The absorption of the gas of its “neighbor” star usually causes the neutron stars to spin faster, but sometimes it happens quite the contrary. Now this phenomenon has an explanation: the gas “comes back”.
Neutron stars are dense, rapidly rotating cosmic bodies that can “draw” gas from a smaller orbiting star (a satellite or a “neighbor”), winding it into a disk before it is absorbed. This material carries a driving force, so the neutron star starts to spin faster and faster until the life of their satellites is over.
However, when Demos Casanas from the Goddard Space Flight Center (one of NASA’s laboratories) studied the X-rays of 18-year observations of neutron stars in binary systems in the Small Maggellan Cloud, he found that half of the cosmic bodies that absorbed gas began to slow down. The strangest thing was that they slowed down with the same speed with which other stars accelerated. Casanas suggested that acceleration and deceleration are actually the same process.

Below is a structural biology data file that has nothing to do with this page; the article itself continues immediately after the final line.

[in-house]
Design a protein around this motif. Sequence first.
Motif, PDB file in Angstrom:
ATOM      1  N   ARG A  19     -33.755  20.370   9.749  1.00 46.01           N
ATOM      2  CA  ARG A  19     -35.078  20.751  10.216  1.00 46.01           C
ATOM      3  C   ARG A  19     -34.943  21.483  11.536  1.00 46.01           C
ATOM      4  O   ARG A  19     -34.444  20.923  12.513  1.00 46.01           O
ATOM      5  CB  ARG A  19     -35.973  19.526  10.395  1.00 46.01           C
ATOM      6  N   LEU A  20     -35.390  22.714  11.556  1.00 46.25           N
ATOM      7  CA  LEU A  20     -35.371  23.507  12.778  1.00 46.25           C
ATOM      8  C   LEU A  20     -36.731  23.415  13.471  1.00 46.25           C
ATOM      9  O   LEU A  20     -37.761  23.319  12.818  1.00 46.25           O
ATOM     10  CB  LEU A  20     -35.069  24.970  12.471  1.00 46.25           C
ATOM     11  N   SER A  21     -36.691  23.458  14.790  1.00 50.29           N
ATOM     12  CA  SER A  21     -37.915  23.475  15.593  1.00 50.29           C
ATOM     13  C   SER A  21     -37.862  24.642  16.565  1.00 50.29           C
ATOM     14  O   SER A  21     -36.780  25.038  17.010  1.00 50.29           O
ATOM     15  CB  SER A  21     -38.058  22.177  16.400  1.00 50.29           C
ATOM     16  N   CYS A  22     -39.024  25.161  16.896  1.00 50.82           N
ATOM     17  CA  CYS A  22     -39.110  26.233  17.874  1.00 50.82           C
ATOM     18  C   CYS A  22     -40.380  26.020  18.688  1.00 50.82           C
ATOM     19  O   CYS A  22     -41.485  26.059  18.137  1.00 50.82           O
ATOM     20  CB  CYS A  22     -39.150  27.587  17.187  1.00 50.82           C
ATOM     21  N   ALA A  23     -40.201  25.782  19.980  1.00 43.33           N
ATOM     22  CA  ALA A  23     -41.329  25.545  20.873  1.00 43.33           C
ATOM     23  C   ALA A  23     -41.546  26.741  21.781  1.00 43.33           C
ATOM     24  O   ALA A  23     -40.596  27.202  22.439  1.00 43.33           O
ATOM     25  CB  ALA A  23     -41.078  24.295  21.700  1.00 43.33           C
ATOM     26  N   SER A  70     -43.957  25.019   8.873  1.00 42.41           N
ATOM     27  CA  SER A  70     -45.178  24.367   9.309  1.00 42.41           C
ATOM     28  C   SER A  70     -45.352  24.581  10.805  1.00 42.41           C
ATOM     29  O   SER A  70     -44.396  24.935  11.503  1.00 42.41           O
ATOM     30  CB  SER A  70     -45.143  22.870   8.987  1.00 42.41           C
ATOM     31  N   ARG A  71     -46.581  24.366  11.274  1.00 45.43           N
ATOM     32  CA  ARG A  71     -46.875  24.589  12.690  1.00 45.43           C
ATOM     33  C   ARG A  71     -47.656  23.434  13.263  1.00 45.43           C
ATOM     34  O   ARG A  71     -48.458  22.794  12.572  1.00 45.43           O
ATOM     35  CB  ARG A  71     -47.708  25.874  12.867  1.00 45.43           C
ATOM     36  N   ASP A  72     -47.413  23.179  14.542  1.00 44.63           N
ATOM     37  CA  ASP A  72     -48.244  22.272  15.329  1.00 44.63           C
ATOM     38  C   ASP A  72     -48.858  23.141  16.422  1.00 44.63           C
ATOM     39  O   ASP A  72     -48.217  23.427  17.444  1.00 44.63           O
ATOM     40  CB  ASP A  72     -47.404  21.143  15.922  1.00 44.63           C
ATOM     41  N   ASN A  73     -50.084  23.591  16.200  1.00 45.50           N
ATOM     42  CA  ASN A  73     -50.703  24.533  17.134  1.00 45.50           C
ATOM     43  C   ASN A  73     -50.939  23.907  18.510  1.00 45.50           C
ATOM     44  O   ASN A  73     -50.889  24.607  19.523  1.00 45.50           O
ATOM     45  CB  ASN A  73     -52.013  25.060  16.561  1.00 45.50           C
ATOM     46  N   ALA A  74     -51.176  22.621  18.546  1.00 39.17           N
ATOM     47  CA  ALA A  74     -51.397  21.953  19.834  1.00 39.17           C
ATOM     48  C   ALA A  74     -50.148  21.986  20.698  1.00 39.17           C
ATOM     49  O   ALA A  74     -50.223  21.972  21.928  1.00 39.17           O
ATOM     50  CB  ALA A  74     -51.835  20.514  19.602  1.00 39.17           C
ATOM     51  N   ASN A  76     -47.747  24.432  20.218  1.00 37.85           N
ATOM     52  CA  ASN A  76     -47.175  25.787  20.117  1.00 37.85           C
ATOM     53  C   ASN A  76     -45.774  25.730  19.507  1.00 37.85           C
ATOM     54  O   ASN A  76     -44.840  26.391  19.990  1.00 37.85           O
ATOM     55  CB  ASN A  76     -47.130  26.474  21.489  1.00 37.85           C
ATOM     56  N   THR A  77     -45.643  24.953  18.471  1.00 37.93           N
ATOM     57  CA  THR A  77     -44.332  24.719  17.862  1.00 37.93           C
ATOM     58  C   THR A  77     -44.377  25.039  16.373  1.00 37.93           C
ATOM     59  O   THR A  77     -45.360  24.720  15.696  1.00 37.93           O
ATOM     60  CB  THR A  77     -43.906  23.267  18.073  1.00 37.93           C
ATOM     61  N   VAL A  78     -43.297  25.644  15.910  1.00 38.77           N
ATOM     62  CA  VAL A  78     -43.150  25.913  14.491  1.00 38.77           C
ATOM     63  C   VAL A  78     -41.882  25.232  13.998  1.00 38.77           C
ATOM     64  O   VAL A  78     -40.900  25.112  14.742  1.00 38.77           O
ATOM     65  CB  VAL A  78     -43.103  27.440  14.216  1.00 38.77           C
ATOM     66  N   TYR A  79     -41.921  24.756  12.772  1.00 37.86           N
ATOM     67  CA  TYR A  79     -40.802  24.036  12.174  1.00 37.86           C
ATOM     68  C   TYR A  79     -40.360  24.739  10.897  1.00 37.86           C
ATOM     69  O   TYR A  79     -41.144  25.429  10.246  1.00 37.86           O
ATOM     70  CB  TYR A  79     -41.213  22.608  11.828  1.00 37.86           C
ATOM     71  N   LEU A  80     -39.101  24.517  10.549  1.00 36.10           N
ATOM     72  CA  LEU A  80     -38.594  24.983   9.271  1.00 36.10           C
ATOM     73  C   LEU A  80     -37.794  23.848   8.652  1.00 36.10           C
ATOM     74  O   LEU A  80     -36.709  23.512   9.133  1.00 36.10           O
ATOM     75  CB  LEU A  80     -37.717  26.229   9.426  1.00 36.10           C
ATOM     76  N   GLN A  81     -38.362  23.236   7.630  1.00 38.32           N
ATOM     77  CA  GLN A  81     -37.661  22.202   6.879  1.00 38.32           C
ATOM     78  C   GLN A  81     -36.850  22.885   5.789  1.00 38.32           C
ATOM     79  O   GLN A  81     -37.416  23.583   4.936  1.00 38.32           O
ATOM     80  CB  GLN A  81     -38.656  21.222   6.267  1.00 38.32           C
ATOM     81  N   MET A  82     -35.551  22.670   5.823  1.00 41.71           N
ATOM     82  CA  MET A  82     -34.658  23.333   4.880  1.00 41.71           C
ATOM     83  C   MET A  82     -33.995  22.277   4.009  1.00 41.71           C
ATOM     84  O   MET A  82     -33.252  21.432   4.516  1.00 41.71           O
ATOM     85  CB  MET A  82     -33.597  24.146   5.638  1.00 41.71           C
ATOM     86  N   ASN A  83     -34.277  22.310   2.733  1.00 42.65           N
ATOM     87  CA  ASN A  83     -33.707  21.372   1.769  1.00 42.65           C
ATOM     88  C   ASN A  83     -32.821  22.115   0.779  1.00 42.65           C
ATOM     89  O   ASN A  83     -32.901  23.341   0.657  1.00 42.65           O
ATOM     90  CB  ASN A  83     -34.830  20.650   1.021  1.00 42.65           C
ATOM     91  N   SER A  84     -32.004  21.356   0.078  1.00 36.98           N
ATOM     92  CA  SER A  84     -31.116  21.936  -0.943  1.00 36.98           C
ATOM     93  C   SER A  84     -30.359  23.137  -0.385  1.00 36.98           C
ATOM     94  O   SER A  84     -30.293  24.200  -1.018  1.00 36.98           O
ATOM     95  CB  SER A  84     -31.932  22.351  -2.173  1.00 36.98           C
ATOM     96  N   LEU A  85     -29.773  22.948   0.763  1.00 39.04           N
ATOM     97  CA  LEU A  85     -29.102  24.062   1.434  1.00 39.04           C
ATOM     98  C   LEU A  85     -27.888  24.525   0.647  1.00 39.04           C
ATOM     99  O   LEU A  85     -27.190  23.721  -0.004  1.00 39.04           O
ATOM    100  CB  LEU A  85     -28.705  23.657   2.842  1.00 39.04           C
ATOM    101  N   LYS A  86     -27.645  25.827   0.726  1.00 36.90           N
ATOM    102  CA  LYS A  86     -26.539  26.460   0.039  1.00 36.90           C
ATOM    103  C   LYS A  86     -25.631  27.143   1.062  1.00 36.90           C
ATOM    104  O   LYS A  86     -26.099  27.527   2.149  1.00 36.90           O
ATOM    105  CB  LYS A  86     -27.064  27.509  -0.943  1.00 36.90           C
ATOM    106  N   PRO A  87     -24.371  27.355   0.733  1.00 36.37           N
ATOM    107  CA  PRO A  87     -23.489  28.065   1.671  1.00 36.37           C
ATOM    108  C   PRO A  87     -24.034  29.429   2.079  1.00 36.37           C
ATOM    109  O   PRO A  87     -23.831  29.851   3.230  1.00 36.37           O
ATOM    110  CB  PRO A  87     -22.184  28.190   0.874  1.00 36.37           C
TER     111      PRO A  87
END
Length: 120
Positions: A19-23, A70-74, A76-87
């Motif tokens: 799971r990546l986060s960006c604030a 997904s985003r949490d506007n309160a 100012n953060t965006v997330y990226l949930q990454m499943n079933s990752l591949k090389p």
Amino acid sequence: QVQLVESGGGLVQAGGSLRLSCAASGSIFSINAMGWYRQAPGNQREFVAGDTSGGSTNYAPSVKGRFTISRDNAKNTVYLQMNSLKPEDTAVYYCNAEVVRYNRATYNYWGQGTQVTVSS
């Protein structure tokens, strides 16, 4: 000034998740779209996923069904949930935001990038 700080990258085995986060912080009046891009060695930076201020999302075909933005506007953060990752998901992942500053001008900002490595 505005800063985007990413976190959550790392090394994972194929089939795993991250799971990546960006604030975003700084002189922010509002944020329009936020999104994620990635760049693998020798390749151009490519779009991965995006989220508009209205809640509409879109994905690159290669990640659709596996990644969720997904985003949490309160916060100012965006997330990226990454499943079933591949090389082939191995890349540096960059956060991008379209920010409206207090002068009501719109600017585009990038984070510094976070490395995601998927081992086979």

The astronomer explained the processes of slowing down by the fact that the swallowed gas is wound around the star in the opposite direction in relation to its rotation. If he can confirm his theory with future observations, then it can change the generally accepted view of the evolution of neutron stars in binary systems. Casanas and his colleagues suggest that neutron stars can be accelerated many times, slowed down and changed direction.